A Teen's War describes the experiences of a small town boy in the latter stages of World War II. Portions originated from letters written home about induction, training, and time overseas with the 423rd Regiment of the 106th Infantry Division and that unit's short period of combat in the Battle of the Bulge.
Details of capture and escape came from items the author wrote in prison or shortly after returning home in 1945. The material also includes comments of home folks as they reacted to missing reports.
The story is unique compared to most war books, for it contains none of the pedantic pretenses of most military histories, filled with strategy or the so-called 'Big Picture.' Instead, A Teen's War tells how a young, private soldier became aware of reality and the world around him despite his limited view.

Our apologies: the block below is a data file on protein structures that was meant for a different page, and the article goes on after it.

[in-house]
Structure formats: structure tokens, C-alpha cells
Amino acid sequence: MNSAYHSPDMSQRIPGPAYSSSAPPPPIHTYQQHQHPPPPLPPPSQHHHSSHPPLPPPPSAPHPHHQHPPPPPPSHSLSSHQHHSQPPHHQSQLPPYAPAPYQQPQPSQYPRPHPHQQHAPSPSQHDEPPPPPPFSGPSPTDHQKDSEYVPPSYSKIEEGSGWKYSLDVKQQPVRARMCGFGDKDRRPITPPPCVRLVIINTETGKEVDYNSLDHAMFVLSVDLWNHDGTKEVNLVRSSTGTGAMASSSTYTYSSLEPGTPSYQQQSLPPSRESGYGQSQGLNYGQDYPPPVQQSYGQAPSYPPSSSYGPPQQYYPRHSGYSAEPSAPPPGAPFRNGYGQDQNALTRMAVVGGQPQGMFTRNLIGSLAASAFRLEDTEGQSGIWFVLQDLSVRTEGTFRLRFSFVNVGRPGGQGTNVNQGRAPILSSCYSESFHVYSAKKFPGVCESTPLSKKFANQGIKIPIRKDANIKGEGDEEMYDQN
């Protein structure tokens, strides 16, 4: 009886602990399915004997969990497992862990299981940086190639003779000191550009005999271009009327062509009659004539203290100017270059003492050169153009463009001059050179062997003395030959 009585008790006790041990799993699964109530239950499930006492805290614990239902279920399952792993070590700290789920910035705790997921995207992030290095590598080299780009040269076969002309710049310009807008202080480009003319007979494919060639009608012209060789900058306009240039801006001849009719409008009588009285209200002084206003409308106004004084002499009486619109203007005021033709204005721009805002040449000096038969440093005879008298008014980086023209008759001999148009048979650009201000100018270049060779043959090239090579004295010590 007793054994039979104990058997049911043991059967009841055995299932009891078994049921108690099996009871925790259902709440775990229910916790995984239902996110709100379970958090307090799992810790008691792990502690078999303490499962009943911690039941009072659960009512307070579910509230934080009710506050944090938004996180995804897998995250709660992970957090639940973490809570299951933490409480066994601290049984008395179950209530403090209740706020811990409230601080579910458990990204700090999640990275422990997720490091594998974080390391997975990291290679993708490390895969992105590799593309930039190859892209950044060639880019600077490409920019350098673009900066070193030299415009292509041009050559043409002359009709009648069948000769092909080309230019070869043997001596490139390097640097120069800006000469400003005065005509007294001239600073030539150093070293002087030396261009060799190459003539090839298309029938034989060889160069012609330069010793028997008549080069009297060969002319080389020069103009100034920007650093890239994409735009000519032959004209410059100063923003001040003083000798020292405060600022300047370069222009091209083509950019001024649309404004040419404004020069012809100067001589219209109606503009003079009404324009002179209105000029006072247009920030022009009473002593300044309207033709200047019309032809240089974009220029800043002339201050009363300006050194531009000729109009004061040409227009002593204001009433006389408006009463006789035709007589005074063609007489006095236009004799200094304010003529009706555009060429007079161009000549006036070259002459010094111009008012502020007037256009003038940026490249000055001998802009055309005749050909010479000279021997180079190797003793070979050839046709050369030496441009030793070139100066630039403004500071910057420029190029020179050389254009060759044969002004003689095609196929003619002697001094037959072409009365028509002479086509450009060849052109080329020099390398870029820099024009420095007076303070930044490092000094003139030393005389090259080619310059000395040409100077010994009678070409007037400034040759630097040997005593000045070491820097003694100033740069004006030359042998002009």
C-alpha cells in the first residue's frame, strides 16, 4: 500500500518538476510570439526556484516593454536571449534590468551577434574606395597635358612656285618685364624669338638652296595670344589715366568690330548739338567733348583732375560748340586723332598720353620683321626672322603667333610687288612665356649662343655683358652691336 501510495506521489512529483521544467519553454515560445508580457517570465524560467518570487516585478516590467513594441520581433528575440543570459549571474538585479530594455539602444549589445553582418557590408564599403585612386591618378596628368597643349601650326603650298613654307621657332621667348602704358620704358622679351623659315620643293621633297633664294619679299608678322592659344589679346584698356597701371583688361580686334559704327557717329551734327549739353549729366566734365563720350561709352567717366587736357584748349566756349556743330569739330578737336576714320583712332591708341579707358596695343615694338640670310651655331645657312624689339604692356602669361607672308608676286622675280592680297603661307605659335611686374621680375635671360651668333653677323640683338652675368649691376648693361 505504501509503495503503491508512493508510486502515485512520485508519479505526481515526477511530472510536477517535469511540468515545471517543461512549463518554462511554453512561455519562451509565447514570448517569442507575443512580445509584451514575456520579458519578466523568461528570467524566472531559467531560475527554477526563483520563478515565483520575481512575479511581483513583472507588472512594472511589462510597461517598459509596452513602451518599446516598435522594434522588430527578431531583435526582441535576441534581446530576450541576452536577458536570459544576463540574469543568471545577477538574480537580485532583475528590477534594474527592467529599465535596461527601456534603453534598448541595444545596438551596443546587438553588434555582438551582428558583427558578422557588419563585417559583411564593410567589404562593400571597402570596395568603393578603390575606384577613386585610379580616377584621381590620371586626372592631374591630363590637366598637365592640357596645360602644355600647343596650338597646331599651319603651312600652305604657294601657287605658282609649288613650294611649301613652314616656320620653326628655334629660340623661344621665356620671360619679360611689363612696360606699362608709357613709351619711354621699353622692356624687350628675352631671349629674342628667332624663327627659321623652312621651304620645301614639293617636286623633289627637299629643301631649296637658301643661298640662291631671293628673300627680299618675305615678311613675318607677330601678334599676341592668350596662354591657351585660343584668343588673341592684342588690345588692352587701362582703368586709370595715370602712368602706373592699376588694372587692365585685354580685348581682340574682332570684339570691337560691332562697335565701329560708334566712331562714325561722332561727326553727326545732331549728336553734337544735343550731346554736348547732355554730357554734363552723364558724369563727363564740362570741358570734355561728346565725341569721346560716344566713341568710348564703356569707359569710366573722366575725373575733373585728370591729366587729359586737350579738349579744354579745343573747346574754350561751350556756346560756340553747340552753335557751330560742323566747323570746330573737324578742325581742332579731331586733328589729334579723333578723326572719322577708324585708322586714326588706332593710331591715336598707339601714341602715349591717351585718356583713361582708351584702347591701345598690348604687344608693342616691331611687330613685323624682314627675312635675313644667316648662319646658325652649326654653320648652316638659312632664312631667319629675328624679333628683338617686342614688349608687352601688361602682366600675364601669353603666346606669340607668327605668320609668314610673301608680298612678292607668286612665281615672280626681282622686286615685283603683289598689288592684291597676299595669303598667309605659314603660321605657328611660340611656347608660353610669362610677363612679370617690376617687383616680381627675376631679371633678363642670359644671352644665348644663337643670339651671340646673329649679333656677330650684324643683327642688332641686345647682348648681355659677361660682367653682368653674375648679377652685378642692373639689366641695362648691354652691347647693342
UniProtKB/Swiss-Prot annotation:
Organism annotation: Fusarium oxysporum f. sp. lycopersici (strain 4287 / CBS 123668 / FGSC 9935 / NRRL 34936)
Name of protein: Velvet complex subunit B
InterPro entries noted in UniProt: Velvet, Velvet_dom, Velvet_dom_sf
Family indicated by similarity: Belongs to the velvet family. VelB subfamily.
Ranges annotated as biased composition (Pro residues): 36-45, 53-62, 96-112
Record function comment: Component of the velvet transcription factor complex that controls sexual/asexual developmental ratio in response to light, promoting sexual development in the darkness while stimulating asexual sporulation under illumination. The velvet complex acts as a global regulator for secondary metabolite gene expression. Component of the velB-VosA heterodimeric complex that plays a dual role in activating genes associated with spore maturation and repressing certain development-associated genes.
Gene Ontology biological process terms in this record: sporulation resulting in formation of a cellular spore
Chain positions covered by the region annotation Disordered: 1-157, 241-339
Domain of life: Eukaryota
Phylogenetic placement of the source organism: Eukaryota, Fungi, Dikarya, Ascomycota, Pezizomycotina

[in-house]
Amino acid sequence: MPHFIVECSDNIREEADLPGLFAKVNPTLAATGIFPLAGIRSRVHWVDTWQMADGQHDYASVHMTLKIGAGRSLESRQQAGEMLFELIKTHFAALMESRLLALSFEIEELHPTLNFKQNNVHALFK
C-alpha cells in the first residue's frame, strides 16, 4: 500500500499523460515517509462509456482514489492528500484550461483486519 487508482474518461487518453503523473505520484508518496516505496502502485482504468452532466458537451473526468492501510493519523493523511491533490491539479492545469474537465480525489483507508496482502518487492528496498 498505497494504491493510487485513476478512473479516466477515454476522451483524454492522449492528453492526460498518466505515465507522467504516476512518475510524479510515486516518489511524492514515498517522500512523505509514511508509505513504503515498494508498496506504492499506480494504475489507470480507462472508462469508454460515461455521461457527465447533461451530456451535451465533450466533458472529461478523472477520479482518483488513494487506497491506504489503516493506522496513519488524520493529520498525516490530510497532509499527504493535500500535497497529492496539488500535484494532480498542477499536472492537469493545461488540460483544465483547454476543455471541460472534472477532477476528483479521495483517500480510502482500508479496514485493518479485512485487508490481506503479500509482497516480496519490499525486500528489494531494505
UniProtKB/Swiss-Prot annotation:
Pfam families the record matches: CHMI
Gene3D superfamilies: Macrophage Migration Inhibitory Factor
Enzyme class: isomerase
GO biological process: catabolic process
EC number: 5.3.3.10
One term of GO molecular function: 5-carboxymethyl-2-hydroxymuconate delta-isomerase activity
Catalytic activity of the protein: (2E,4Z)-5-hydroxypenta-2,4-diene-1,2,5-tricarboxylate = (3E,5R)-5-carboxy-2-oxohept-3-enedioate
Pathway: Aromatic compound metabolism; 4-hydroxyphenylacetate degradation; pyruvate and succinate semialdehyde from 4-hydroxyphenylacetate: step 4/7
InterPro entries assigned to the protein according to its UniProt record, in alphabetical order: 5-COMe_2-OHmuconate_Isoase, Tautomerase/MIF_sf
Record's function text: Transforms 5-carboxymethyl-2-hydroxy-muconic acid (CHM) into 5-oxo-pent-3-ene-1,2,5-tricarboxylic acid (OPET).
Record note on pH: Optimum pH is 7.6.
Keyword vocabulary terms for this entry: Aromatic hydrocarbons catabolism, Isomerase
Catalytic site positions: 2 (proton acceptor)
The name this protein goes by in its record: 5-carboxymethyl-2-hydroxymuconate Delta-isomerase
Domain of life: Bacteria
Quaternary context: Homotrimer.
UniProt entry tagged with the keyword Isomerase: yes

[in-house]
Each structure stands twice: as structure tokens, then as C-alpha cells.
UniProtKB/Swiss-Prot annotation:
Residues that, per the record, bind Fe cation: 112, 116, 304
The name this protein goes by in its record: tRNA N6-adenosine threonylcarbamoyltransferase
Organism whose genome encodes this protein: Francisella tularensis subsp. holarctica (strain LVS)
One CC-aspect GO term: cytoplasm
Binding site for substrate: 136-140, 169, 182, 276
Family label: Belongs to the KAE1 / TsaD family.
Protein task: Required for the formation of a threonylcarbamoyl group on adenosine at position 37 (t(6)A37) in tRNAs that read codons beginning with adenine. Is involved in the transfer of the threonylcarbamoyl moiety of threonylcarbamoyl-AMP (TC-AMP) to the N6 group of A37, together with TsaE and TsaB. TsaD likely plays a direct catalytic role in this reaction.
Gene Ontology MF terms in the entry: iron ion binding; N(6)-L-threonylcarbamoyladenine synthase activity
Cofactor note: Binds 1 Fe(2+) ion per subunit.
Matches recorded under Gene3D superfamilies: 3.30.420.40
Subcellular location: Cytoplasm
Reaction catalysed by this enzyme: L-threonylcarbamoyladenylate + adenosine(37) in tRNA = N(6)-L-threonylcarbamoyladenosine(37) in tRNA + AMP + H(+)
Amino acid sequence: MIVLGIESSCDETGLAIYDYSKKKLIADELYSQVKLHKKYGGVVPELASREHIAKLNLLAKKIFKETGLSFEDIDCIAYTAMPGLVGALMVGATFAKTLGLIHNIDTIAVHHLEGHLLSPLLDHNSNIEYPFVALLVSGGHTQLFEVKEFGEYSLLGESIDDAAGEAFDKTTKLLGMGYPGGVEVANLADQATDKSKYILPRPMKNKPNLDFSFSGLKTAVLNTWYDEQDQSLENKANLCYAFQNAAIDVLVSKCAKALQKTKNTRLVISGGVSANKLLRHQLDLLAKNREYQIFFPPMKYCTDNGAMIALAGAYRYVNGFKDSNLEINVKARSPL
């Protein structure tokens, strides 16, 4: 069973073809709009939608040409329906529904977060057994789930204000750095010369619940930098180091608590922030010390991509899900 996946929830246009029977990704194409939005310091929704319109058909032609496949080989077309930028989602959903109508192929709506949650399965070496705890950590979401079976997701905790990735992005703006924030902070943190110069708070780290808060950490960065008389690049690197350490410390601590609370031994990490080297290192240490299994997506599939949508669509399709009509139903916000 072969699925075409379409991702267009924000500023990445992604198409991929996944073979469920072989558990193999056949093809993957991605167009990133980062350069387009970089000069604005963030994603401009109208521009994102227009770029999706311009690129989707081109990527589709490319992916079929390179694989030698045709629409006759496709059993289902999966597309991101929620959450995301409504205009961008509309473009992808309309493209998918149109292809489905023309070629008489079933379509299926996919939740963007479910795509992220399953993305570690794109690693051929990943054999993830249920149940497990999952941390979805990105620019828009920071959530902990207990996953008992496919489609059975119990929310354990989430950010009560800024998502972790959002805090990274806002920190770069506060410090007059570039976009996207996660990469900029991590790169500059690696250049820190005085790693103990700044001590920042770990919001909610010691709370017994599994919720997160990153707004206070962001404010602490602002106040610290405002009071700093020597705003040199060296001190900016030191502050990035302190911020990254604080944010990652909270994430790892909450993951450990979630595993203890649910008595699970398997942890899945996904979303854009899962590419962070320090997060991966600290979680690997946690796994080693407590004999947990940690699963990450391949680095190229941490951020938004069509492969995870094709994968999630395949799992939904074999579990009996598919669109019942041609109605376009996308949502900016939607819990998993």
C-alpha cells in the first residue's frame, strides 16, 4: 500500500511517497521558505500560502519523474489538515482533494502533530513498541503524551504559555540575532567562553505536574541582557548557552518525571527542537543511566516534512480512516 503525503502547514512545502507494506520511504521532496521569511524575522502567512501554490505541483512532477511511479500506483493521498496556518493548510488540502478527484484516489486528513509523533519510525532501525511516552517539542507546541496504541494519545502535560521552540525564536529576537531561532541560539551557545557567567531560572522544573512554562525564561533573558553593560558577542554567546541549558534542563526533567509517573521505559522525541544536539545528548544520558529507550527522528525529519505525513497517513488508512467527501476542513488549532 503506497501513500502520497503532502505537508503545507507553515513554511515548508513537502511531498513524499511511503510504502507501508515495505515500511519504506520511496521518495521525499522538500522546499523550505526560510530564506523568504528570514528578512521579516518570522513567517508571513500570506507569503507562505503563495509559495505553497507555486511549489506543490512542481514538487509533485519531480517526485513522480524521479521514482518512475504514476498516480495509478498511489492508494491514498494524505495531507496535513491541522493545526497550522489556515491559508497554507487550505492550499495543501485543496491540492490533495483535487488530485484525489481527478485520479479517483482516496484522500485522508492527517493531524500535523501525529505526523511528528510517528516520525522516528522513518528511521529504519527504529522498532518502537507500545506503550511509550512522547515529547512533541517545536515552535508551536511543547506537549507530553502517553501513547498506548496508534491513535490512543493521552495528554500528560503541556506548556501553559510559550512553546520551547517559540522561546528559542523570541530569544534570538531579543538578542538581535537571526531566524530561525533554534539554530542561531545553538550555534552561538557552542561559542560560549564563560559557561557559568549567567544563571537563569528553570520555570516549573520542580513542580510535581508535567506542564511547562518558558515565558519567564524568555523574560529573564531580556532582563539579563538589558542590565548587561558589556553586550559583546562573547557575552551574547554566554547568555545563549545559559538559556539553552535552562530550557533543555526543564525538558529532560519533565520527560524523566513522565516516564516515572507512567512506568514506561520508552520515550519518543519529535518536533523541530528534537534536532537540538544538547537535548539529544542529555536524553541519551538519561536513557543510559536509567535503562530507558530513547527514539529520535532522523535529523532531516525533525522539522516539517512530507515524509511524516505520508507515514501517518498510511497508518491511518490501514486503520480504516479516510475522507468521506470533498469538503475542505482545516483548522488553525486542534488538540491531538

All readers who have ever heard the words, 'missing in action,' will find this book interesting. Readers who were prisoners of war themselves, particularly of the Germans, will recall those hellish times and understand that recollection enables one to live and to cope with the realities of today.